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I am trying the following circuit as a part of a project. The goal is to turn on and off the transistor, S8050 (datasheet) at a certain time interval (say 1s), and read the value of the collector current (Ic). I am controlling the base voltage of the transistor using ARDUINO PWM. When my transistor is off I am getting zero Ic current which is fine. But when I turn the transistor on the IC current is fluctuating from 19mA to 45mA. My question is how can I get a fixed Ic current?

I tested the circuit putting base voltage 0V and at that time Ic is Zero. Also, put the 5V to the base and got 33mA. This fluctuation arises when I'm turning ON and OFF the transistor using the PWM.

Thanks for your time. enter image description here

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This will do it. R4||R3 and C1 form a low-pass filter with a time constant of about 200ms to filter the 980Hz PWM from the Arduino Uno. The also divide down the input voltage to give appropriate compliance range to the current sink.

OA1 , Q1 and R1 form a current sink with a transfer function of I = V+/R1 = 77mA/V. Since the input is divided down by (20/220) = 0.091, the maximum input voltage with 5V 100% PWM is 454mV so the maximum output current is about 35mA.

schematic

simulate this circuit – Schematic created using CircuitLab

Note: This is a linear current sink. Most likely the PWM frequency of the Arduino is woefully inadequate (490 or 980Hz) to achieve constant current with reasonable values of inductance that may be present in your load. If you can use PWM hardware on the chip directly and get much higher PWM frequencies (say 25kHz. but it depends on your load inductance) you may be able to simply drive the transistor into saturation (it will then depend on the value of V3 though, the given circuit is independent of V3 within reason (and dependent on V1).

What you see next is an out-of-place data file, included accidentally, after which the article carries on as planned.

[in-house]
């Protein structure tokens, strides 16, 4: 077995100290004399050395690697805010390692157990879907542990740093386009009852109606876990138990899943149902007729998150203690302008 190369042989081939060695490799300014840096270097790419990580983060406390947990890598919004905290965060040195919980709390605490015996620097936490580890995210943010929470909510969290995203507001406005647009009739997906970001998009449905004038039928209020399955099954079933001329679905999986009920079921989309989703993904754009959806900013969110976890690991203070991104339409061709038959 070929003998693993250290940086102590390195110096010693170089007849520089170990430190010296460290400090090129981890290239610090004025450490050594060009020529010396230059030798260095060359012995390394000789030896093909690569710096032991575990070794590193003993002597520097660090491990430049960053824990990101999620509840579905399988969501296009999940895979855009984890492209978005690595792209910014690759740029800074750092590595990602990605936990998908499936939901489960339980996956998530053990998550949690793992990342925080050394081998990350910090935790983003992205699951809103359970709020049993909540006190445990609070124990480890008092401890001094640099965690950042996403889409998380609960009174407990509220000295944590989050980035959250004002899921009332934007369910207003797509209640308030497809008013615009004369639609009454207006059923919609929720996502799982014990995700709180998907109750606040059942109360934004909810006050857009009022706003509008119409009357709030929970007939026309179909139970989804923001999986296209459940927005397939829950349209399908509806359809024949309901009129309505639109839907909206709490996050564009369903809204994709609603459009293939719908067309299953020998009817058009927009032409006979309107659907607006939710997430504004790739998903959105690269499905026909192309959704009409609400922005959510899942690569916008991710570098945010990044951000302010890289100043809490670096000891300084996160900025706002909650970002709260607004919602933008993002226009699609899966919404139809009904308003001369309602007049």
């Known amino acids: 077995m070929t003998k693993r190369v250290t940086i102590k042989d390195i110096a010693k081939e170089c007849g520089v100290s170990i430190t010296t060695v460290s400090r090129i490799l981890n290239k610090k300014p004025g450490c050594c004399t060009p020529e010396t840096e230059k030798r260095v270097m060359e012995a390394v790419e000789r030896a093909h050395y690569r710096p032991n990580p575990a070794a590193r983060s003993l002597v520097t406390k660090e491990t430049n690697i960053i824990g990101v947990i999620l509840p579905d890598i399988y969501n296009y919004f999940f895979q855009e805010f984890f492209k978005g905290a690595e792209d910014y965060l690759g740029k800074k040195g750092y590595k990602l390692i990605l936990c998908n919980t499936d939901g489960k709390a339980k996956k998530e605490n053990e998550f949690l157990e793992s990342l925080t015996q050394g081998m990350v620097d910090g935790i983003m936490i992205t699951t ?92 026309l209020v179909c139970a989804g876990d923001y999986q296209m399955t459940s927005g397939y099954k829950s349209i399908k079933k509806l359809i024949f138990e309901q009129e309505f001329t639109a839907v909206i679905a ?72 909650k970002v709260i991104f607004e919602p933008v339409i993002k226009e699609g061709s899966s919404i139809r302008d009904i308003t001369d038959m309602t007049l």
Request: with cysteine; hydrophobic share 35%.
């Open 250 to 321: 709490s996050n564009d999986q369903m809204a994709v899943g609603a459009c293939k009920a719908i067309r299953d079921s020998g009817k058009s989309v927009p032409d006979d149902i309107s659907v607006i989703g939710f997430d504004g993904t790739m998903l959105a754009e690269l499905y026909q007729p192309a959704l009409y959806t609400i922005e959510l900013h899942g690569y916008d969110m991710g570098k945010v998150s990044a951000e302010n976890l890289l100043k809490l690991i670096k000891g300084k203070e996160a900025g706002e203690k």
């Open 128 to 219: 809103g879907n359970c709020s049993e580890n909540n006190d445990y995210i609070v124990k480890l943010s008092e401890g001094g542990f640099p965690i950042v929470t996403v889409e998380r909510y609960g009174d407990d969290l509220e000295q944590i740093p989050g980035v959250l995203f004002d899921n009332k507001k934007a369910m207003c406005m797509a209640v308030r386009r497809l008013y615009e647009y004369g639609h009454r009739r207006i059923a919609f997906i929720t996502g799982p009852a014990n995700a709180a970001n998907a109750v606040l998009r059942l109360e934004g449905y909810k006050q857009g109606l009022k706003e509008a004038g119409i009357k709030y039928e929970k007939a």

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  • \$\begingroup\$ thanks a lot for the response, it's really helpful. One thing I didn't understand though is the PWM frequency you mentioned. What is the relation between PWM frequency and stable Ic current? \$\endgroup\$
    – Shu
    Jul 23 '20 at 6:16
  • \$\begingroup\$ If the current sink is linear, then it affects the low-pass filter design cutoff frequency to keep the ripple at an acceptable level. We can change that by changing the R & C but it will take longer to settle if the PWM freq is low. If it's an inductive load sometimes we just feed the unfiltered PWM (on/off switched) to the coil and let the inductance smooth the current out. The time constant in that case is L/R, so if L is 0.05H and R is 68 ohms, the time constant would be less than 1ms and you would want a PWM frequency of 10-25kHz to have reasonably low ripple at the PWM carrier frequency. \$\endgroup\$ Jul 23 '20 at 6:21
  • \$\begingroup\$ Thanks, @Spehro. It helps a lot. \$\endgroup\$
    – Shu
    Jul 27 '20 at 23:32

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